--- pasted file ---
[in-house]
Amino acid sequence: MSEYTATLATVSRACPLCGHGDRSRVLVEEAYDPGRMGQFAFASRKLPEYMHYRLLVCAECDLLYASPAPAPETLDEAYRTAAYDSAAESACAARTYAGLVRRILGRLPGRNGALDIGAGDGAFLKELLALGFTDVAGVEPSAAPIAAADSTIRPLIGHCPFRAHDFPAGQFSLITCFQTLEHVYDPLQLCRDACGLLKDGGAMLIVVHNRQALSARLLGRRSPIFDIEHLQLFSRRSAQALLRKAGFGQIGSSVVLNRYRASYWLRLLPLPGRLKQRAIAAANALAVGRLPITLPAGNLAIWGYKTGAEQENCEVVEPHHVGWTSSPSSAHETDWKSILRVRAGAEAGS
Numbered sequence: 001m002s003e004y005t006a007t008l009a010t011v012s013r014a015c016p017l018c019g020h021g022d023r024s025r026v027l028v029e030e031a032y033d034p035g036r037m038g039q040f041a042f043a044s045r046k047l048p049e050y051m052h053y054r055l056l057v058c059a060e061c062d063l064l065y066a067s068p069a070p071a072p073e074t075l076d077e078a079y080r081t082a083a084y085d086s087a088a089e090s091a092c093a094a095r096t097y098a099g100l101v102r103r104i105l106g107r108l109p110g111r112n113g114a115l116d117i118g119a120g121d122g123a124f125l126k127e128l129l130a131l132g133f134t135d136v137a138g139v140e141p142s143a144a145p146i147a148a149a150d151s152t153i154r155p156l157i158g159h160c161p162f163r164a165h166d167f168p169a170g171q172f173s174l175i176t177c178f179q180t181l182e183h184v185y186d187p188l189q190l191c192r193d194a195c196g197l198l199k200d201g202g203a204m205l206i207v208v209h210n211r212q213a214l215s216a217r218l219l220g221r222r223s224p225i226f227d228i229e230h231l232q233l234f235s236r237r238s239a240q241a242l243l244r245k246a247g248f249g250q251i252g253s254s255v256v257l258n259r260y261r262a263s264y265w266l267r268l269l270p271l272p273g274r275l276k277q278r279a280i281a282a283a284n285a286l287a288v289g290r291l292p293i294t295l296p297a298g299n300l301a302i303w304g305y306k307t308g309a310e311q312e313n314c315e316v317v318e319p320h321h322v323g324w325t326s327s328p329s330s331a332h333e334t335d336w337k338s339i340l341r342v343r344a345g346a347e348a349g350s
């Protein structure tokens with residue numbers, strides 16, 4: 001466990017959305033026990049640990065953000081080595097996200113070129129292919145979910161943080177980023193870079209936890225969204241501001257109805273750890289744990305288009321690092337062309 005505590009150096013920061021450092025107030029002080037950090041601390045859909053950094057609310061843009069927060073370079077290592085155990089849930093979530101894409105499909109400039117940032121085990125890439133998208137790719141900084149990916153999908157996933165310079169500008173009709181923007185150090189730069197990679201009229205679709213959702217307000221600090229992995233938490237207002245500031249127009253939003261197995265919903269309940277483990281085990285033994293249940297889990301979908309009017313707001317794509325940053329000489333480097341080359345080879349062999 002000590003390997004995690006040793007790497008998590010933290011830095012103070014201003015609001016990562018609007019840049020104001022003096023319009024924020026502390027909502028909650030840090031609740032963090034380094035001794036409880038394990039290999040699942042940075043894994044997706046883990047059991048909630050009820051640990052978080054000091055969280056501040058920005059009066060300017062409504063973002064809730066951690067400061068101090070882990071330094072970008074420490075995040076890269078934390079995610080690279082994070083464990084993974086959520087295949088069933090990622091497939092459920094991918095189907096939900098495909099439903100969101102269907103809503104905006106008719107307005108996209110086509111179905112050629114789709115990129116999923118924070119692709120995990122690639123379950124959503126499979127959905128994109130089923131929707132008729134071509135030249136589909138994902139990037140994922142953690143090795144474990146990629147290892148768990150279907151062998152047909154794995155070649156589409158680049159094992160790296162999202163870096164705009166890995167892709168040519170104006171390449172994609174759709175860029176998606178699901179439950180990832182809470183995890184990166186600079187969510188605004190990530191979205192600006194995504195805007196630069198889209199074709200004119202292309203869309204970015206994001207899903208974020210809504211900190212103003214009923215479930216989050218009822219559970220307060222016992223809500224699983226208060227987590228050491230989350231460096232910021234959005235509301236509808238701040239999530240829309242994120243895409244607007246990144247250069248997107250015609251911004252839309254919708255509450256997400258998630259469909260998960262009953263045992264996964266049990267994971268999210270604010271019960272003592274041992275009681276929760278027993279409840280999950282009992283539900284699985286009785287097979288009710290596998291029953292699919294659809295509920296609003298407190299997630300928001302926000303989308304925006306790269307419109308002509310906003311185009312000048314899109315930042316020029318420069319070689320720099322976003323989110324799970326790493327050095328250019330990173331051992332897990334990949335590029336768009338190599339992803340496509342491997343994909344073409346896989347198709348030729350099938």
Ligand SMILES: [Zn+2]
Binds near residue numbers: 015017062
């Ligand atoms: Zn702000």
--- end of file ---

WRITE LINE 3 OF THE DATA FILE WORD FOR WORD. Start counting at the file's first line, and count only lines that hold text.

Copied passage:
Numbered sequence: 001m002s003e004y005t006a007t008l009a010t011v012s013r014a015c016p017l018c019g020h021g022d023r024s025r026v027l028v029e030e031a032y033d034p035g036r037m038g039q040f041a042f043a044s045r046k047l048p049e050y051m052h053y054r055l056l057v058c059a060e061c062d063l064l065y066a067s068p069a070p071a072p073e074t075l076d077e078a079y080r081t082a083a084y085d086s087a088a089e090s091a092c093a094a095r096t097y098a099g100l101v102r103r104i105l106g107r108l109p110g111r112n113g114a115l116d117i118g119a120g121d122g123a124f125l126k127e128l129l130a131l132g133f134t135d136v137a138g139v140e141p142s143a144a145p146i147a148a149a150d151s152t153i154r155p156l157i158g159h160c161p162f163r164a165h166d167f168p169a170g171q172f173s174l175i176t177c178f179q180t181l182e183h184v185y186d187p188l189q190l191c192r193d194a195c196g197l198l199k200d201g202g203a204m205l206i207v208v209h210n211r212q213a214l215s216a217r218l219l220g221r222r223s224p225i226f227d228i229e230h231l232q233l234f235s236r237r238s239a240q241a242l243l244r245k246a247g248f249g250q251i252g253s254s255v256v257l258n259r260y261r262a263s264y265w266l267r268l269l270p271l272p273g274r275l276k277q278r279a280i281a282a283a284n285a286l287a288v289g290r291l292p293i294t295l296p297a298g299n300l301a302i303w304g305y306k307t308g309a310e311q312e313n314c315e316v317v318e319p320h321h322v323g324w325t326s327s328p329s330s331a332h333e334t335d336w337k338s339i340l341r342v343r344a345g346a347e348a349g350s